What Animals Eat Skunks? (List of All Predators)

What Animals Eat Skunks? (List of All Predators)
Photo by Bryan Padron on Unsplash

If you have ever been sprayed with a stinky spray by a black and white animal, there are high chances you know what a skunk is. But, for those who don’t, skunks are black and white striped mammals that are found mainly across North and South America. They are the nearest relatives to the stink-badgers of the Old World who spray an unpleasant defensive odour from their anal glands, located right behind their tail. This odour is not only deterring but also a priceless defence mechanism that keeps most predators at bay.

Owing to their deterrent spray, commonly known as skunk spray, the number of skunks killed by predators is as little as 5%. However, that does not stop a few persistent animals from preying on skunks. What animals are these? Below is a list exclusively on that topic.

If you want to know more about skunks, what they eat and how they find food, read this article.

What animals/birds are major skunk predators?

Here is a list of major skunk predators that includes both aerial and ground-dwelling animals that hunt and kill skunks:

Great Horned Owl

When it comes to the stinky skunks (that rhymes!), there can be no better predator than the Great Horned Owls, which is why they are on the top of the list of skunk predators. Great Horned Owls are large predatory birds that are active during the night, weighing anything near to three pounds. 

Since Skunks are also active nocturnally, preying on these creatures becomes easier for Great Horned Owls. Great horned owls have wood-coloured feathers that easily blend in with the surroundings, therefore allowing them to camouflage and attack skunks out of the blue. 

But how do the owls protect themselves against the deterring skunk spray? The answer lies in their weak olfactory senses. A huge number of bird species have a very weak olfactory sense, and Great Horned owls are no exception. When they can’t smell the stink properly, why would they even care about it in the first place?

Apart from weak olfactory senses, Great Horned Owls also have highly absorbing feathers that absorb most of the skunk spray; therefore, the spray has minor to negligible effects on the owl. Another factor that turns in favour of Great Horned Owls is that they are aerial predators, which means they don’t have grounds to cover as skunks do, and thus, they can easily grab and kill skunks with their sharp claws and robust grip without even landing onto the land.


Red Fox

The  Red-Fox had to be one of the major skunk predators, the main reason being the fact that foxes and skunks more or less share the same ecosystem. This means that Red-Foxes often encounter skunks, and as opportunistic feeders, make a meal out of these black-and-white striped creatures.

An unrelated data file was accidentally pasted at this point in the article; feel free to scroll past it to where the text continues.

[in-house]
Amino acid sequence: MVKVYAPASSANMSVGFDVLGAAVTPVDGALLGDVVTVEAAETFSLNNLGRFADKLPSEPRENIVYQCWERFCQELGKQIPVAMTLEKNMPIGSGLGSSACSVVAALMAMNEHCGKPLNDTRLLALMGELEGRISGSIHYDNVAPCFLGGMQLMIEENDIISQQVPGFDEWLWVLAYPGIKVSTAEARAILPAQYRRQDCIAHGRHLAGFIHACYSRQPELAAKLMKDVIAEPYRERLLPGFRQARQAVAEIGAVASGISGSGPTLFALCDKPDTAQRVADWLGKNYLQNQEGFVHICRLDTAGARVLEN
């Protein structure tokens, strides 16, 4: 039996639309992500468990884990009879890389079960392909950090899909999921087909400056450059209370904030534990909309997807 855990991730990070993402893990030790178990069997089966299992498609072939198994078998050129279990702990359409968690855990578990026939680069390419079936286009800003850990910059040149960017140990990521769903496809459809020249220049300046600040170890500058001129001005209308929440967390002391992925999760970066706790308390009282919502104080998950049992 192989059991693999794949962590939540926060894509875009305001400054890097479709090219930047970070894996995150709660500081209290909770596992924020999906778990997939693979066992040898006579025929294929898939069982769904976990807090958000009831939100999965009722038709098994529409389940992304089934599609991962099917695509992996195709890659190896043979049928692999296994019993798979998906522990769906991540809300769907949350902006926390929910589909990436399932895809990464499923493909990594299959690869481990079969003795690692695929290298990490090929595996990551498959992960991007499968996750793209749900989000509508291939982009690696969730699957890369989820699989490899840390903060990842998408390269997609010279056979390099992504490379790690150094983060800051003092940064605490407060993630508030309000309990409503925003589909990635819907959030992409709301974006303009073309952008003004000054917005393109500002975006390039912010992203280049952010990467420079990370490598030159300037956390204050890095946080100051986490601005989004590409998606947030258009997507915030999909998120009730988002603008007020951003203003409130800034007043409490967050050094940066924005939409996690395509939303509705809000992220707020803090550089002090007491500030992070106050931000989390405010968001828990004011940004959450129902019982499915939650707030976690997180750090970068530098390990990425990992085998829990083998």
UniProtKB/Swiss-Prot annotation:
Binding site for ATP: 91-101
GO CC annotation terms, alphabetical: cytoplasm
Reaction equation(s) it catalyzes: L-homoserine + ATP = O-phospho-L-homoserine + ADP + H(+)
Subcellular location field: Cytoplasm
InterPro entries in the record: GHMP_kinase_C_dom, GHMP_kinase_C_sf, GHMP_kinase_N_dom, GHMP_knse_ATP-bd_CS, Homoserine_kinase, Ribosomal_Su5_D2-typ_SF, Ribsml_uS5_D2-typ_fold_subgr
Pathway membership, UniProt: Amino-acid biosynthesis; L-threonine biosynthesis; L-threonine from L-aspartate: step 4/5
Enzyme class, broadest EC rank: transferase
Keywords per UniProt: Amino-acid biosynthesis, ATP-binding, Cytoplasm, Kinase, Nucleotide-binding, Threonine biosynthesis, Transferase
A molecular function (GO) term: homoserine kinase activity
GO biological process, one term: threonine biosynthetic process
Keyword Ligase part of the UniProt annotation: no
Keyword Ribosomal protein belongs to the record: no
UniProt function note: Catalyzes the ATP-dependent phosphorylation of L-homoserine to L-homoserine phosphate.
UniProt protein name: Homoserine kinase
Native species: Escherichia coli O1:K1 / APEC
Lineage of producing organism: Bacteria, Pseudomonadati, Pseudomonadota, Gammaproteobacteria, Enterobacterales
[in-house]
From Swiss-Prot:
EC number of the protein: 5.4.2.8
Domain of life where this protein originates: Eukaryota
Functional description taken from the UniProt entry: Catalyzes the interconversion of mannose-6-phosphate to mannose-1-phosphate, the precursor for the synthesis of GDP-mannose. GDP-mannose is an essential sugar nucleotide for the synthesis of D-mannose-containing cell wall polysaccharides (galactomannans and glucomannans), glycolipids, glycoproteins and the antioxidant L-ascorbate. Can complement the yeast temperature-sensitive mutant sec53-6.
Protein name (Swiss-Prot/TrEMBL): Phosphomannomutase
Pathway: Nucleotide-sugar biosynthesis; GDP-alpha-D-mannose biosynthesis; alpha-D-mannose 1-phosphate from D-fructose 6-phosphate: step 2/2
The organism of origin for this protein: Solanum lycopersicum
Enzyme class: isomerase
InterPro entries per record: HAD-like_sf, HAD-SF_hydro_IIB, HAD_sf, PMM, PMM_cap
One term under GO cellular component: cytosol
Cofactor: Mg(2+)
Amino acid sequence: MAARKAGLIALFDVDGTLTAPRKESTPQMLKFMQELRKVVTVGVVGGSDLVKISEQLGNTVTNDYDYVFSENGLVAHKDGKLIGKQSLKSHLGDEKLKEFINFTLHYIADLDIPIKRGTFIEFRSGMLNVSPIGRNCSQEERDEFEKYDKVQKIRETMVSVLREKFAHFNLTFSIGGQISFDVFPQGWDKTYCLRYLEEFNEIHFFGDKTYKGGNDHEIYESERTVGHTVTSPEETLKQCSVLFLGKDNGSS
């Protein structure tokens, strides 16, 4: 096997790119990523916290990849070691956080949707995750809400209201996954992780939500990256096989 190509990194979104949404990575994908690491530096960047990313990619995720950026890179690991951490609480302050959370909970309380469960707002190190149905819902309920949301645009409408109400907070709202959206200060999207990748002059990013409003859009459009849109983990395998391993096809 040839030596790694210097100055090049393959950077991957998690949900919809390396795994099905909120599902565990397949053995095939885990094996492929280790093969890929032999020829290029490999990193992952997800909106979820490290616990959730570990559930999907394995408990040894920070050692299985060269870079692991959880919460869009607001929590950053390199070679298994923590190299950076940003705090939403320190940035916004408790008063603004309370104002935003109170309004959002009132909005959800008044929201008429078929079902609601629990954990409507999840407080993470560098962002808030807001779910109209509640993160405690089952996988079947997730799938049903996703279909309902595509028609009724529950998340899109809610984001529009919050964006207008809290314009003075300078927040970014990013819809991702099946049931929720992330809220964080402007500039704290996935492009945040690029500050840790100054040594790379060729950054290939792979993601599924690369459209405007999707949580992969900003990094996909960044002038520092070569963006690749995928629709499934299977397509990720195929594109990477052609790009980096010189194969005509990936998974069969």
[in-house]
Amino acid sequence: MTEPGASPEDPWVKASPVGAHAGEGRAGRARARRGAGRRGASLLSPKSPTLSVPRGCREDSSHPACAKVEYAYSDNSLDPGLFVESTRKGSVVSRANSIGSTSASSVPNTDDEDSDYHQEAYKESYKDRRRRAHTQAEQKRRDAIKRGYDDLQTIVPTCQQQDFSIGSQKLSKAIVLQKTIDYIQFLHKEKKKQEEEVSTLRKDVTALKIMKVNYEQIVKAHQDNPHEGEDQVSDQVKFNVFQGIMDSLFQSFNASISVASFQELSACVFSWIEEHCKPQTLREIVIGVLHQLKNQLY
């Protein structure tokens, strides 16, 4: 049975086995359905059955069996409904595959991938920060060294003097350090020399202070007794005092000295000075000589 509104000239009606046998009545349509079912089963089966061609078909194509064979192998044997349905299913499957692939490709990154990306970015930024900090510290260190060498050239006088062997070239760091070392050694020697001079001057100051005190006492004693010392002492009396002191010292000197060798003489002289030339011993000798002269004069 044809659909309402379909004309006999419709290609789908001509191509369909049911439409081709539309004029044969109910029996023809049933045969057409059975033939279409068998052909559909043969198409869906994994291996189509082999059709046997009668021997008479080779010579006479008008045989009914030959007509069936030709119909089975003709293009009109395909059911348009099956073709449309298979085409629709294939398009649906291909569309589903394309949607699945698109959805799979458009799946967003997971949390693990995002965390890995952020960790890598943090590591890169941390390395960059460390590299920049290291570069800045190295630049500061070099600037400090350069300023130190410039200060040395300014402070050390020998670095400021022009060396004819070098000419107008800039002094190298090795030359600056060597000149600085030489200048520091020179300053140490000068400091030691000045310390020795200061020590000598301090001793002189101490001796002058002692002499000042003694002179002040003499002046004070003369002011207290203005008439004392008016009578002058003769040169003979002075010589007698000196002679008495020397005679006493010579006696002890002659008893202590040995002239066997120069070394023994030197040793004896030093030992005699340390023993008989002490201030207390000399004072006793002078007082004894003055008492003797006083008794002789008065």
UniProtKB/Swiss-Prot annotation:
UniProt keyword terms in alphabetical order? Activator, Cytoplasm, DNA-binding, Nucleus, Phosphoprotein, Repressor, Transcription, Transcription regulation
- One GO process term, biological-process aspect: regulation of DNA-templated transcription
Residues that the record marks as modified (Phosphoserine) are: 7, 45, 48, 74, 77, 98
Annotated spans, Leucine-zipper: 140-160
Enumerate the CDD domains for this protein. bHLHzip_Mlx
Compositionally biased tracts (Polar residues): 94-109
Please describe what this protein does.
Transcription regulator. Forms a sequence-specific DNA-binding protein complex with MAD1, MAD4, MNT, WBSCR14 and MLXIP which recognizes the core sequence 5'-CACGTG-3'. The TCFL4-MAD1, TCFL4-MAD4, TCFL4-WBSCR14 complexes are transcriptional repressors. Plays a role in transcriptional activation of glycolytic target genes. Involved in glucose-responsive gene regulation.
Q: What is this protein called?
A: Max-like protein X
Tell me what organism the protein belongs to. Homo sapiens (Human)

Counted as the apex predators amongst all fox species, red foxes are stealth and skilled hunters when it comes to prey. Therefore skunks make easy kills for these cunning animals. Although red foxes or any other species of fox (for that fact) has an acute sense of smell, it does not stop them from killing a skunk or two often. Why? Because their superior agility and hunting technique weighs over their olfactory senses, which means, most of the time, red foxes grab and kill skunks right before they can go all ‘spray mode on’. 

Skunks, however, are not the staple in a red fox’s diet, and these omnivores mostly feed on large mammals, plants, and insects (when other food sources are scarce).


Bald Eagle

Bald Eagles are highly adaptable, opportunistic predatory birds found across most of Canada and Alaska, throughout the U.S., and northern parts of Mexico. Bald Eagles feed on a diet that largely includes mammals such as squirrels, muskrats, beavers, hares, rabbits, and fawns. However, it is not very uncommon to find a Bald Eagle ravaging over a dead skunk.

Similar to the Great Horned Owls, Bald Eagles have very weak olfactory senses, which renders the skunk’s only mechanism of defence useless when it comes to these ‘bold and bald’ predatory birds (mind the alliteration). Bald Eagles usually hold onto their already-caught prey in their feathery wings, which tend to absorb the pungent smell that skunk’s spray in order to escape the predator. 


Red-tailed Hawk